Welcome! To St. Catherine University Digital Collections Use the Search or Browse features to view items in the collection Get help anytime by using the help link in the top navigation bar St. Catherine University Digital Collections serves as the online home for unique collections on campus. These resources are made readily accessible to students, faculty, and the general public. Current collections include visual and textual materials; other collections will be added as they become available.
Terra Foundation Center for Digital Collections Welcome to the Terra Foundation Center for Digital Collections, a virtual repository of a substantial cross-section of the Archives' most significant collections. Since 2005, over one hundred archival collections have been scanned and posted online in their entirety. In addition, more than 12,000 documents have been individually catalogued and are accessible through the Image Gallery . We invite you to browse and to visit again: content is continuously added. Learn more about the Background on the Terra Foundation Center for Digital Collections and the Archives' innovative approach to digitization. Funding is generously provided by the Terra Foundation for American Art .
Our Mission Norman Rockwell Museum is dedicated to education and art appreciation inspired by the legacy of Norman Rockwell. The museum preserves, studies and communicates with a worldwide audience the life, art and spirit of Norman Rockwell in the field of illustration. The museum is a gathering place for reflection, involvement, and discovery through the enjoyment of the artist’s work. Norman Rockwell’s unique contributions to art and society, popular culture and social commentary influence the museum’s programs and interpretations. Nov 7 Wed NRM Twitter Follow @nrockwellmuseum on Twitter Hours November-April: Weekdays 10 a.m. – 4 p.m. – Weekends and holidays: 10 a.m. – 5 p.m.
NEWS IN THE CDLI COLLECTIONS CUNEIFORM ANYONE? CDLI depends on the assistance of collaborators of all stripes. Wish to submit files of new texts, or images, transliterations or corrections of entries in our database? Perhaps make a tax-deductible contribution to support our efforts? A DIGITAL LIBRARY FOR CUNEIFORM The Cuneiform Digital Library Initiative (CDLI) represents the efforts of an international group of Assyriologists, museum curators and historians of science to make available through the internet the form and content of cuneiform tablets dating from the beginning of writing, ca. 3350 BC, until the end of the pre-Christian era.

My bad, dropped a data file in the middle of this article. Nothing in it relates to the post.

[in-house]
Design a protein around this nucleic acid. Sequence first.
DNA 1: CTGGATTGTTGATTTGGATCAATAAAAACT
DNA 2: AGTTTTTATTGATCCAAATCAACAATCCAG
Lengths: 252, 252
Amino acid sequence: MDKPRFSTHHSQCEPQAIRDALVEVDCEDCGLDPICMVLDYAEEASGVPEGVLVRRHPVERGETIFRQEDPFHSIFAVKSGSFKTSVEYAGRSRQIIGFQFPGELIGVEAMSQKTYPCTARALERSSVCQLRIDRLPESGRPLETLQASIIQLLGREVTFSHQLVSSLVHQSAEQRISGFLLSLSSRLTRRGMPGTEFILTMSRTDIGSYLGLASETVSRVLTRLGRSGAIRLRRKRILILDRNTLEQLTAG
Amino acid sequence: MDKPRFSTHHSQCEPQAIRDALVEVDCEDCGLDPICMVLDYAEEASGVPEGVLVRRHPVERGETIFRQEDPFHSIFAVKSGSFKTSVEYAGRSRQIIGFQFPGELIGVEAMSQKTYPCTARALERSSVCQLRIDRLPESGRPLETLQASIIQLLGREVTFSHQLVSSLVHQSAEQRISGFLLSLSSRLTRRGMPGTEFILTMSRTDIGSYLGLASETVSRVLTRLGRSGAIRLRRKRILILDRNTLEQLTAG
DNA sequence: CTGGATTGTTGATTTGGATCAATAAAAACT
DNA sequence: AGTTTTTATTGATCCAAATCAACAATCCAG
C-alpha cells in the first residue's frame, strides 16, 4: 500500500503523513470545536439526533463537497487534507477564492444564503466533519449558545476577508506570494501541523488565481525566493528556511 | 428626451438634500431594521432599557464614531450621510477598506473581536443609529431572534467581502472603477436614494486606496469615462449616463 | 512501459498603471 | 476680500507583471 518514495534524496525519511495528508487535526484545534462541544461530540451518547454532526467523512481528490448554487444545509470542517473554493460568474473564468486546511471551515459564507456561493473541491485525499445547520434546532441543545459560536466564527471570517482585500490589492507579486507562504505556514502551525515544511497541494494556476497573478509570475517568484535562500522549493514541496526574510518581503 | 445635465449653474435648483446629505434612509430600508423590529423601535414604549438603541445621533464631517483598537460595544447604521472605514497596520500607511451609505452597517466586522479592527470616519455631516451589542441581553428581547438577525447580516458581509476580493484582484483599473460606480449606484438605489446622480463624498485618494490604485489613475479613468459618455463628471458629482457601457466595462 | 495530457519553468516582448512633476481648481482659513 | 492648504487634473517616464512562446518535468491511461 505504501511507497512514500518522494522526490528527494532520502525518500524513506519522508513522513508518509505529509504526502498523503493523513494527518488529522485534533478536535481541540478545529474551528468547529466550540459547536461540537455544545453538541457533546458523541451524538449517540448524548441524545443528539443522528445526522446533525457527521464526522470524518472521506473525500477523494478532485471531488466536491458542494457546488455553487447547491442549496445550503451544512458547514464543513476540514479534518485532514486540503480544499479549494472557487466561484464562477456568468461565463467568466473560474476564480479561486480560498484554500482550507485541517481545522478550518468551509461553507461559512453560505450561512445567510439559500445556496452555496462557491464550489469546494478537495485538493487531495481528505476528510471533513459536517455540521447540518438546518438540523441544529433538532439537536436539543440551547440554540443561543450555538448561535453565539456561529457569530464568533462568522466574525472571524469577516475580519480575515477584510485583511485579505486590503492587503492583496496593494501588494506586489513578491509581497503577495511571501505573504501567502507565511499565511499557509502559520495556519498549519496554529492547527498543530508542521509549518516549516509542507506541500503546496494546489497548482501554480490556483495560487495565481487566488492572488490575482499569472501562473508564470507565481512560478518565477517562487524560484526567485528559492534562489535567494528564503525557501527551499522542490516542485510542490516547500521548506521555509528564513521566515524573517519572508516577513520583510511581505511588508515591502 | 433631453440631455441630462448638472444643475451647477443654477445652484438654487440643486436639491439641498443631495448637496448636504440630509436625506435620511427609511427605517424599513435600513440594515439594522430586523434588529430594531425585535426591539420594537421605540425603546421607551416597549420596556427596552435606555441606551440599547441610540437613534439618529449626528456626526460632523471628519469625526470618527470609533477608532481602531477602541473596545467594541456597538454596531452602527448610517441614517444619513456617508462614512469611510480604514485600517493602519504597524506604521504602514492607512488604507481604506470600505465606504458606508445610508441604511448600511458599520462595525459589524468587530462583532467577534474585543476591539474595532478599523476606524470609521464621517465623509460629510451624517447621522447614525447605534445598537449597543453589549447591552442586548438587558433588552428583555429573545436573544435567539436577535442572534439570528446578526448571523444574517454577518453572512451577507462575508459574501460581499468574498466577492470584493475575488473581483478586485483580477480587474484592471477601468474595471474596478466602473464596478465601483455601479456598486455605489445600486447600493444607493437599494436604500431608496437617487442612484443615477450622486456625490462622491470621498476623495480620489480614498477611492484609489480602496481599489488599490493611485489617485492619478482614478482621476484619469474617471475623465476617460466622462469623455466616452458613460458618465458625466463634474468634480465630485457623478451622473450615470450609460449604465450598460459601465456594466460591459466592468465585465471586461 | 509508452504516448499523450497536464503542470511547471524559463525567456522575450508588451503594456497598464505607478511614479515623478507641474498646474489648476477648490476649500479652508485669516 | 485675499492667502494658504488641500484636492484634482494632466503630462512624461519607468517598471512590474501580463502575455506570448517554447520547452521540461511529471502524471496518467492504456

A writer, social activist, and arts aficionado, Mabel Dodge Luhan is celebrated less for her artistic accomplishments than for her key role in building artistic communities, supporting artists, and generating interest in modern art forms. A Buffalo, New York, native, she lived at the turn of the twentieth century in Florence, Italy, where she was a prominent figure among American expatriates and visitors that included Gertrude Stein, Carl Van Vechten, and Hutchins and Neith Boyce Hapgood. Returning to the United States in the 1910s, Mabel Dodge settled in Greenwich Village, where she helped organize the groundbreaking Armory show of Postimpressionist art and hosted perhaps the most important New York City salon of the period.
The collection consists of 105 items (86 lobby cards and 19 printed fliers) promoting sixty-eight films. Cite as: Western Silent Films Lobby Card Collection. Yale Collection of Western Americana, Beinecke Rare Book and Manuscript Library, Yale University Call Number: WA MSS S-2553
Ketubah, marriage contract, manuscript, ink and paint on paper, 20th of Menahem 5671 [1911 August 14], Bombay, India The ketubah (plural ketubot ) is the standard marriage contract that Jewish law requires a groom to provide for his bride on their wedding day. It is intended to protect the woman, primarily by establishing the man's financial obligations to her in case of divorce or widowhood. In addition to the financial clauses, the text of the ketubah outlines other obligations undertaken by the groom, including traditional conjugal rights such as food, clothing and shelter. The exact date when the ketubah became a central part of the Jewish marriage ceremony remains unknown. It is a rabbinic institution, not a biblical one, and goes back to Talmudic times (70-500 C.E.).
The Collection Just under 300 engravings, watercolors, and illustrations drawn from books, archival collections, and artwork from the Beinecke Library's Western Americana and General collections. Cite as: Beinecke Rare Book and Manuscript Library, Yale University
This illustrated manuscript made in southern India in 1837 consists of 72 full-color hand-painted images of men and women of the various castes and religious and ethnic groups found in Madura, India at that time. Each drawing was made on mica, a transparent, flaky mineral which splits into thin, transparent sheets. As indicated on the presentation page, the album was compiled by the Indian writing master at an English school established by American missionaries in Madura, and given to the Reverend William Twining. The manuscript shows Indian dress and jewelry adornment in the Madura region as they appeared before the onset of Western influences on South Asian dress and style.
Katherine S. Dreier Papers / Société Anonyme Archive Artist and collector Katherine Dreier joined Marcel Duchamp and Man Ray to found the Société Anonyme, an organization designed to support and generate awareness of modernist art; the group’s name, a French phrase meaning “incorporated,” highlighted the fact that the organization was not allied with any particular artistic school. The Société Anonyme promoted new artists by arranging exhibitions to introduce audiences to their work and develop their reputations among galleries and collectors. Critics praised the Société Anonyme for its commitment to new artists and its inclusion of their work in exhibits and catalogs. Dreier played an essential role in generating American interest in and acceptance of modern art.